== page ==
Monday 22 January 2018

Cosgrave and Lynch stopped slaughter in Northern Ireland

Prevented deaths: Liam Cosgrave
Prevented deaths: Liam Cosgrave
Letters to the Editor

Letters to the Editor

One Sunday in August 1969, when tensions were rising in Northern Ireland, British PM Harold Wilson "imagined" he had the immediate answer to end British involvement there.

He telephoned the then-Taoiseach, Jack Lynch, on a secure line, informing him he would have no objection to the Republic sending the Irish Army into the North.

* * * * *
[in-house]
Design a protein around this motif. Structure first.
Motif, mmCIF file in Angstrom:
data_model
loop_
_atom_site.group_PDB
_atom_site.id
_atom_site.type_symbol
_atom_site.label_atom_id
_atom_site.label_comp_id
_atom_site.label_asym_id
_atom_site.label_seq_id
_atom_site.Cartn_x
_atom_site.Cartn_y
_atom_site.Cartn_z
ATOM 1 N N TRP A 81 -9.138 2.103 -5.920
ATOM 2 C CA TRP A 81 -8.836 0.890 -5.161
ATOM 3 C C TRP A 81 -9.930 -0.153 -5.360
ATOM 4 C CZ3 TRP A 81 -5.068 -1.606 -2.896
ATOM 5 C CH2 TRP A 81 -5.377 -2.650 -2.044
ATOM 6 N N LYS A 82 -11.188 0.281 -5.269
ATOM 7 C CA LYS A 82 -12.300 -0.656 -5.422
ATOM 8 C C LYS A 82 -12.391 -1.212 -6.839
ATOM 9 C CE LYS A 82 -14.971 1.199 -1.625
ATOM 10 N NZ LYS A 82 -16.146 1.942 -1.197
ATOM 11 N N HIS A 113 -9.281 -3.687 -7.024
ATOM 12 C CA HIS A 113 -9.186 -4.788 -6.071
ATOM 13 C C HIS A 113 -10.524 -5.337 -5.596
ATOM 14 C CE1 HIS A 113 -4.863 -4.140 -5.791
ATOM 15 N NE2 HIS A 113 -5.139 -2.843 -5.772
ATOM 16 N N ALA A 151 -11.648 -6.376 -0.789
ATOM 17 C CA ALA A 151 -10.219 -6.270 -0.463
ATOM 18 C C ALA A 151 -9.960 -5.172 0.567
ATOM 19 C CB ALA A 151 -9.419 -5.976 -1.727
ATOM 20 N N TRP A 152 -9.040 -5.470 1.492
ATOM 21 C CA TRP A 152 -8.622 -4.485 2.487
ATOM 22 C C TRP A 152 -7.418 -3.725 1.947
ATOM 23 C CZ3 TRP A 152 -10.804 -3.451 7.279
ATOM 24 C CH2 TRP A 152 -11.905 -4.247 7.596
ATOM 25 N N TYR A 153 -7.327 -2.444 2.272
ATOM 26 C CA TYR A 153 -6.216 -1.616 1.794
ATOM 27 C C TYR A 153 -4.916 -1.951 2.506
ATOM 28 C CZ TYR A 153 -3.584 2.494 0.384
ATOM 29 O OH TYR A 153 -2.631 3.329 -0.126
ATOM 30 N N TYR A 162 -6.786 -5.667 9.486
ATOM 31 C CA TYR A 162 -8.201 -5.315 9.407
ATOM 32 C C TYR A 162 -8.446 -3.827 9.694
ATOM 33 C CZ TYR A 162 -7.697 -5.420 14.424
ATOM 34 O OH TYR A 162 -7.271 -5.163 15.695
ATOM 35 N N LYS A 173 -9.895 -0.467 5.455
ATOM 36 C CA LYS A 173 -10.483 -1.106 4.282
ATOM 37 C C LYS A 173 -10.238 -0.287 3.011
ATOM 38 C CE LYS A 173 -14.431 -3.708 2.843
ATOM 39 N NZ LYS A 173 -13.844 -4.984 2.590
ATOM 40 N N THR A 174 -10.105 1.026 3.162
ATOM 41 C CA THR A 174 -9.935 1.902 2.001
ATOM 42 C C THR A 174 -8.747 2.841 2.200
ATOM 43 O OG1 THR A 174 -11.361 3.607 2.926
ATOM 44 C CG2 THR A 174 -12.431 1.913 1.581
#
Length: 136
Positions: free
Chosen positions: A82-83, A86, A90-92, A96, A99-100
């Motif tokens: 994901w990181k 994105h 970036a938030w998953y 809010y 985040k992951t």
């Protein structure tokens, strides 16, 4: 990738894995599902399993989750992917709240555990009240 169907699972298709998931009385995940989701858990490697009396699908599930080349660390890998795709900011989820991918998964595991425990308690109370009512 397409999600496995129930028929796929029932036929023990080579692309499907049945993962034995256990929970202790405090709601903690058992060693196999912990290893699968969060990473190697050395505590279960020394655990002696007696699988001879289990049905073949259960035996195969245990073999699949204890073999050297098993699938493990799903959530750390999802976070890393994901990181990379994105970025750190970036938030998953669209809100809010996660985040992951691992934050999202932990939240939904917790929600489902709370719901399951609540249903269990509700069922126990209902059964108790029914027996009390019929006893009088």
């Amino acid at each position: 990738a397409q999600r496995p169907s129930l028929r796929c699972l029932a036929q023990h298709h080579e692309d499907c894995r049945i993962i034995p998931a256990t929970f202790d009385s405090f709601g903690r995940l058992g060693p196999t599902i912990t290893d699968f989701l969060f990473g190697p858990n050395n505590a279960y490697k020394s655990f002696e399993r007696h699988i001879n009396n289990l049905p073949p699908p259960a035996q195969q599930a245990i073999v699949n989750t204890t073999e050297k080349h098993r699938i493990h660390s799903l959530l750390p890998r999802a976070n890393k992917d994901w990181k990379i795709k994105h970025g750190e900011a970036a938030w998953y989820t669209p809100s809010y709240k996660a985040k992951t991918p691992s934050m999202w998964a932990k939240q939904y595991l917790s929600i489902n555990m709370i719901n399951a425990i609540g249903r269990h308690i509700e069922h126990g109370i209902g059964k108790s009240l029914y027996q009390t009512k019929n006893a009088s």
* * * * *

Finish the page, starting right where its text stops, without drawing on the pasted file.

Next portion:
Prior to the phone call, Wilson had in fact ordered the general officer commanding (GOC) of the British army in Northern Ireland to confine all troops to barracks from midnight on the following Tuesday, for 72 hours. He further directed that the troops in the barracks could only defend their barrack if it came under direct attack: they were to take no part whatsoever in any occurrence outside the barrack.

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